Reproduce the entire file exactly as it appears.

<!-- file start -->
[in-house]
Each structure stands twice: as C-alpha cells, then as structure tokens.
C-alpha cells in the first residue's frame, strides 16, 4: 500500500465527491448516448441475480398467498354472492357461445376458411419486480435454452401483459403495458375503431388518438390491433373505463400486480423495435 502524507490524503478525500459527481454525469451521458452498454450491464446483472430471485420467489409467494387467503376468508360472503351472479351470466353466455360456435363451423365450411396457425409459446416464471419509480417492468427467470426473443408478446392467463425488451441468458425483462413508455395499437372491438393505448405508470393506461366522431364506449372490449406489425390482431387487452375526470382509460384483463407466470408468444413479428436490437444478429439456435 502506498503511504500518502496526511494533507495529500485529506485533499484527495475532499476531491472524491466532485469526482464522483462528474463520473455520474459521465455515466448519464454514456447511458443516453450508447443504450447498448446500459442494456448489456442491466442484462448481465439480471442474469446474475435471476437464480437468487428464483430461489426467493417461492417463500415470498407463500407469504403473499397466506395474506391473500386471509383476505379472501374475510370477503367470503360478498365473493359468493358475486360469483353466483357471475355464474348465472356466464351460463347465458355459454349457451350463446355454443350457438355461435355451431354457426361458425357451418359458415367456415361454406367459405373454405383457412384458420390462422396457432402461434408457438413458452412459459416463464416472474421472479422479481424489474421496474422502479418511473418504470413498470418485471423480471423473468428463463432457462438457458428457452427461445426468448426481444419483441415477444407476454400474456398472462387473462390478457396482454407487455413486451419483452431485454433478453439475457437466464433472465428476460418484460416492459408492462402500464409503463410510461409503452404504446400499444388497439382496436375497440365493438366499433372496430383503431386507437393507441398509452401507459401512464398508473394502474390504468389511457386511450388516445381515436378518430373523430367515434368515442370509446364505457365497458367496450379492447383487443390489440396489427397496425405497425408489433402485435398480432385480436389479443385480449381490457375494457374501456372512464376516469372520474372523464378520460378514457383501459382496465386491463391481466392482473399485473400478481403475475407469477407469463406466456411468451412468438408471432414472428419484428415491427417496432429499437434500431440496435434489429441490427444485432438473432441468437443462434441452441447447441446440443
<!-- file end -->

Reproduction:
[in-house]
Each structure stands twice: as C-alpha cells, then as structure tokens.
C-alpha cells in the first residue's frame, strides 16, 4: 500500500465527491448516448441475480398467498354472492357461445376458411419486480435454452401483459403495458375503431388518438390491433373505463400486480423495435 502524507490524503478525500459527481454525469451521458452498454450491464446483472430471485420467489409467494387467503376468508360472503351472479351470466353466455360456435363451423365450411396457425409459446416464471419509480417492468427467470426473443408478446392467463425488451441468458425483462413508455395499437372491438393505448405508470393506461366522431364506449372490449406489425390482431387487452375526470382509460384483463407466470408468444413479428436490437444478429439456435 502506498503511504500518502496526511494533507495529500485529506485533499484527495475532499476531491472524491466532485469526482464522483462528474463520473455520474459521465455515466448519464454514456447511458443516453450508447443504450447498448446500459442494456448489456442491466442484462448481465439480471442474469446474475435471476437464480437468487428464483430461489426467493417461492417463500415470498407463500407469504403473499397466506395474506391473500386471509383476505379472501374475510370477503367470503360478498365473493359468493358475486360469483353466483357471475355464474348465472356466464351460463347465458355459454349457451350463446355454443350457438355461435355451431354457426361458425357451418359458415367456415361454406367459405373454405383457412384458420390462422396457432402461434408457438413458452412459459416463464416472474421472479422479481424489474421496474422502479418511473418504470413498470418485471423480471423473468428463463432457462438457458428457452427461445426468448426481444419483441415477444407476454400474456398472462387473462390478457396482454407487455413486451419483452431485454433478453439475457437466464433472465428476460418484460416492459408492462402500464409503463410510461409503452404504446400499444388497439382496436375497440365493438366499433372496430383503431386507437393507441398509452401507459401512464398508473394502474390504468389511457386511450388516445381515436378518430373523430367515434368515442370509446364505457365497458367496450379492447383487443390489440396489427397496425405497425408489433402485435398480432385480436389479443385480449381490457375494457374501456372512464376516469372520474372523464378520460378514457383501459382496465386491463391481466392482473399485473400478481403475475407469477407469463406466456411468451412468438408471432414472428419484428415491427417496432429499437434500431440496435434489429441490427444485432438473432441468437443462434441452441447447441446440443